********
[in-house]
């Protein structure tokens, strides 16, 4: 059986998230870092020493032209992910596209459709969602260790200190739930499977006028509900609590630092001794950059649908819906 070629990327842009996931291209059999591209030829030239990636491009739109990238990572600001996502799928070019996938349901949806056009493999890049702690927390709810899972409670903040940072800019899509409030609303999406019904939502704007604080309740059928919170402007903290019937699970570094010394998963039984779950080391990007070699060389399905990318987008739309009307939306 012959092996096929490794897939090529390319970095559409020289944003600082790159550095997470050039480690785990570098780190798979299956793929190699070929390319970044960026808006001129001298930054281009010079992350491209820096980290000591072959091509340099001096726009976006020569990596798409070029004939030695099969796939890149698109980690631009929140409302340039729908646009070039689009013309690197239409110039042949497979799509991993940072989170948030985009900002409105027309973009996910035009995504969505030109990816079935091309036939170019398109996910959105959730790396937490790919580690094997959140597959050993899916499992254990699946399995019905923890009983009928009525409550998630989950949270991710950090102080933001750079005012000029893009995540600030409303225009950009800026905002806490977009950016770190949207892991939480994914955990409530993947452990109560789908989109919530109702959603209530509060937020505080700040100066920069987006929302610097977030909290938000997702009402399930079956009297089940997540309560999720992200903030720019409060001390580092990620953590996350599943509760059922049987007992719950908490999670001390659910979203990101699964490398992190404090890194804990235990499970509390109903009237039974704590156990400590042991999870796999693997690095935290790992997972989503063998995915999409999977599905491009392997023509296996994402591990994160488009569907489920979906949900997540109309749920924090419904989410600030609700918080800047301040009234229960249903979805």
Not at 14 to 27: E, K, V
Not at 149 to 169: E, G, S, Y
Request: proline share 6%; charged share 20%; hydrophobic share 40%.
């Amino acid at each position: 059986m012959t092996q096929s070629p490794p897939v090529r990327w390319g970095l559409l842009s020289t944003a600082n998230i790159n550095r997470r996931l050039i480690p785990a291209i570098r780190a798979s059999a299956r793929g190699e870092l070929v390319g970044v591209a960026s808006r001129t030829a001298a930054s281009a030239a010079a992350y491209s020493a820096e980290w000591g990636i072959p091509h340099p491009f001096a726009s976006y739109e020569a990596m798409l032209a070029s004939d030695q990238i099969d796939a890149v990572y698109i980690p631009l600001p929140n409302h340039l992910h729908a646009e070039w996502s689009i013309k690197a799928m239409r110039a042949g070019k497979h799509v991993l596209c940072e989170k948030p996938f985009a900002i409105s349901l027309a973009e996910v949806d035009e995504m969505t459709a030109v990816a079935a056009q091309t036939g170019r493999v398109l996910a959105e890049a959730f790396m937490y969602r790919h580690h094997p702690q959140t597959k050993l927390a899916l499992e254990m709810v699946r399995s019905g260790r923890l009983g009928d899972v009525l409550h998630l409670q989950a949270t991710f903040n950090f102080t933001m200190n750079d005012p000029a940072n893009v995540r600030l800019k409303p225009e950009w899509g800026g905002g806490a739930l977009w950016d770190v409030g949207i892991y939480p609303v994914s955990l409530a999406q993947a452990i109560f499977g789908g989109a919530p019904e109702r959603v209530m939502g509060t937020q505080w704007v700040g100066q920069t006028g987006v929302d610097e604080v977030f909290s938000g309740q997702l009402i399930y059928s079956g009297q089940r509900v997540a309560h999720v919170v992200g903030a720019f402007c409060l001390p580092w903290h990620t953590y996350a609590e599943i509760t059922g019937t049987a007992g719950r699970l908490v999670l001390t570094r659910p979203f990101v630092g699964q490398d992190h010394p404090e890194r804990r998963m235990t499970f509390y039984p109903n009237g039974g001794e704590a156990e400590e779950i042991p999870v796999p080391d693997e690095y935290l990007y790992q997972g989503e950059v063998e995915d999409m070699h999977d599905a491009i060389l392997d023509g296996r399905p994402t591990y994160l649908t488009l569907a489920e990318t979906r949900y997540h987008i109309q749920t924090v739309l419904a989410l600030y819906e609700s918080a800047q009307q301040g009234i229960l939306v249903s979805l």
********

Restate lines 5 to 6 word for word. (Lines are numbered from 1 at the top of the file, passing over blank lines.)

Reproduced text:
Request: proline share 6%; charged share 20%; hydrophobic share 40%.
């Amino acid at each position: 059986m012959t092996q096929s070629p490794p897939v090529r990327w390319g970095l559409l842009s020289t944003a600082n998230i790159n550095r997470r996931l050039i480690p785990a291209i570098r780190a798979s059999a299956r793929g190699e870092l070929v390319g970044v591209a960026s808006r001129t030829a001298a930054s281009a030239a010079a992350y491209s020493a820096e980290w000591g990636i072959p091509h340099p491009f001096a726009s976006y739109e020569a990596m798409l032209a070029s004939d030695q990238i099969d796939a890149v990572y698109i980690p631009l600001p929140n409302h340039l992910h729908a646009e070039w996502s689009i013309k690197a799928m239409r110039a042949g070019k497979h799509v991993l596209c940072e989170k948030p996938f985009a900002i409105s349901l027309a973009e996910v949806d035009e995504m969505t459709a030109v990816a079935a056009q091309t036939g170019r493999v398109l996910a959105e890049a959730f790396m937490y969602r790919h580690h094997p702690q959140t597959k050993l927390a899916l499992e254990m709810v699946r399995s019905g260790r923890l009983g009928d899972v009525l409550h998630l409670q989950a949270t991710f903040n950090f102080t933001m200190n750079d005012p000029a940072n893009v995540r600030l800019k409303p225009e950009w899509g800026g905002g806490a739930l977009w950016d770190v409030g949207i892991y939480p609303v994914s955990l409530a999406q993947a452990i109560f499977g789908g989109a919530p019904e109702r959603v209530m939502g509060t937020q505080w704007v700040g100066q920069t006028g987006v929302d610097e604080v977030f909290s938000g309740q997702l009402i399930y059928s079956g009297q089940r509900v997540a309560h999720v919170v992200g903030a720019f402007c409060l001390p580092w903290h990620t953590y996350a609590e599943i509760t059922g019937t049987a007992g719950r699970l908490v999670l001390t570094r659910p979203f990101v630092g699964q490398d992190h010394p404090e890194r804990r998963m235990t499970f509390y039984p109903n009237g039974g001794e704590a156990e400590e779950i042991p999870v796999p080391d693997e690095y935290l990007y790992q997972g989503e950059v063998e995915d999409m070699h999977d599905a491009i060389l392997d023509g296996r399905p994402t591990y994160l649908t488009l569907a489920e990318t979906r949900y997540h987008i109309q749920t924090v739309l419904a989410l600030y819906e609700s918080a800047q009307q301040g009234i229960l939306v249903s979805l």